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Cisco Systems Israel has signed a multi-million dollar contract to provide HOT Telecom with its next generation core router, the CRS-1.
The deal will support HOT Telecom in upgrading its core telephony, data and video network applications to scale network capacity to new levels and deliver next-generation data, voice and video services over a converged "Triple Play" Internet Protocol network.
Networking giant Cisco touts its CRS-1 as the world's largest and fastest router, which offers a system capacity of 92 terabits per second and enables large carriers to deliver higher volumes of Internet traffic.
Since the launch of CRS-1 in 2004, global cable operators such as Swisscom and Comcast have been actively migrating to Cisco-based converged IP network infrastructures. HOT is the first Israeli provider to integrate the CRS-1 system, which was developed at Cisco's R&D center in Netanya.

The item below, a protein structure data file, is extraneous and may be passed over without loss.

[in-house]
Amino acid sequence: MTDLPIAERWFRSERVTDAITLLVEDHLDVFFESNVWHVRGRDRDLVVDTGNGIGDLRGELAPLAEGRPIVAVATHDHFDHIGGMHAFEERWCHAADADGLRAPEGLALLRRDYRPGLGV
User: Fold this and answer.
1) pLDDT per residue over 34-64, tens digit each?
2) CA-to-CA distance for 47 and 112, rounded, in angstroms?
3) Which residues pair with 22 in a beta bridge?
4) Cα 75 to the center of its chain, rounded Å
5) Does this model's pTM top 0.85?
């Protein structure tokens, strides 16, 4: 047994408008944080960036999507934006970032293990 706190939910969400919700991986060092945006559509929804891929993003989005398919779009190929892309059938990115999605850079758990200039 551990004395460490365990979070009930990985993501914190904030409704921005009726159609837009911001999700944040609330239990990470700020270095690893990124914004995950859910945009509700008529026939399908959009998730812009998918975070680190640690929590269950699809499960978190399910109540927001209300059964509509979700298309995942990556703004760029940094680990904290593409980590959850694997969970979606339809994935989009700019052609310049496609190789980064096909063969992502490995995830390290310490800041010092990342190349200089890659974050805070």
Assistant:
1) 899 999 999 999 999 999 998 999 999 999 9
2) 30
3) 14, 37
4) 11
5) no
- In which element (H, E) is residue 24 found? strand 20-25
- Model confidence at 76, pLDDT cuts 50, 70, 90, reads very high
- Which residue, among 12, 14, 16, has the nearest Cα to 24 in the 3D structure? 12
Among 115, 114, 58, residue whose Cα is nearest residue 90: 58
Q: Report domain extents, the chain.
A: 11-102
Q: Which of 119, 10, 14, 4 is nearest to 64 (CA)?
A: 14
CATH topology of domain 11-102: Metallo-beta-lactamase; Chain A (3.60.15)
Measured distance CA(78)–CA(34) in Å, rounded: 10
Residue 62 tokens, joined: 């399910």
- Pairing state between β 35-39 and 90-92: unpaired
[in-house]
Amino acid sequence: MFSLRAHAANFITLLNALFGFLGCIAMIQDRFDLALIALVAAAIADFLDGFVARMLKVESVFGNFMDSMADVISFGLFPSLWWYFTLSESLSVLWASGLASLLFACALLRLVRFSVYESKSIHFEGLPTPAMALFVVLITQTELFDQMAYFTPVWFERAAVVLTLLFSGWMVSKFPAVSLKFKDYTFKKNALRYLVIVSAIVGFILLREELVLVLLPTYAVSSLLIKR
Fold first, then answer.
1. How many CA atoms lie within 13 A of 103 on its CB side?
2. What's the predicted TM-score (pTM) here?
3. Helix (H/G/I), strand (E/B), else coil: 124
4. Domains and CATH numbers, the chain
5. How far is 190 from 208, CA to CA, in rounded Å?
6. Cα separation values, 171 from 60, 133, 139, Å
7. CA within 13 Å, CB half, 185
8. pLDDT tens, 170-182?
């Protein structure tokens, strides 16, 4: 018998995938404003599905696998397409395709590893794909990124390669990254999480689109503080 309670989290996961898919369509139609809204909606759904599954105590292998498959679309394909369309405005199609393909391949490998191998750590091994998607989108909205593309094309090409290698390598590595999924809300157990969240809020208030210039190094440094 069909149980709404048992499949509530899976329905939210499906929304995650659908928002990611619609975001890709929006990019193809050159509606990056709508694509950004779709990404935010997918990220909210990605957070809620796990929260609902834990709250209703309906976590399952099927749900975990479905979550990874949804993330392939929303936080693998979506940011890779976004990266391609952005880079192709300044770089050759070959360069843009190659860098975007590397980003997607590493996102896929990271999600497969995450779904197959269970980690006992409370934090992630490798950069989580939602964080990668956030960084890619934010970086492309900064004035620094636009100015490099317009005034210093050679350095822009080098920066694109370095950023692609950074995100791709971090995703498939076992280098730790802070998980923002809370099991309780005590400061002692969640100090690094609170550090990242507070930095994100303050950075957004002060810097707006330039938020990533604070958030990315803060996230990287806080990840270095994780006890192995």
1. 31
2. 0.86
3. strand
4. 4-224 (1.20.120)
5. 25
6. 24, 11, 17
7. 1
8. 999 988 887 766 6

The deal was announced at Cisco's annual Expo for Israeli clients in Tel Aviv this week, where Chris Dedicoat, senior vice president Cisco European Markets, reiterated Cisco's continued strategy of aggressively pursuing Israeli technology. Since 1998, Cisco has acquired nine Israeli start-ups for about $1 billion.
"Israel continues to play a key role in building our technological capabilities in a competitive market. Acquisitions have been and continue to be a key component for accomplishing the company's vision of true convergence incorporating voice, video and data within one device," said Dedicoat.
He added that Cisco would not normally talk about future acquisitions, but he confirmed Cisco's continued active commitment to seeking more acquisitions. "Expect to see more acquisitions coming as we complete the development of our vision of the intelligent information network," he said.
During his visit to Israel, Dedicoat and Bina Razinovsky, Cisco's Israel manager, met with acting Prime Minister Ehud Olmert to discuss the role of education and technology in Israel.
"I am very proud of the business and educational programs we are sponsoring in Israel. I would really like to see more education centers in the future," he said.
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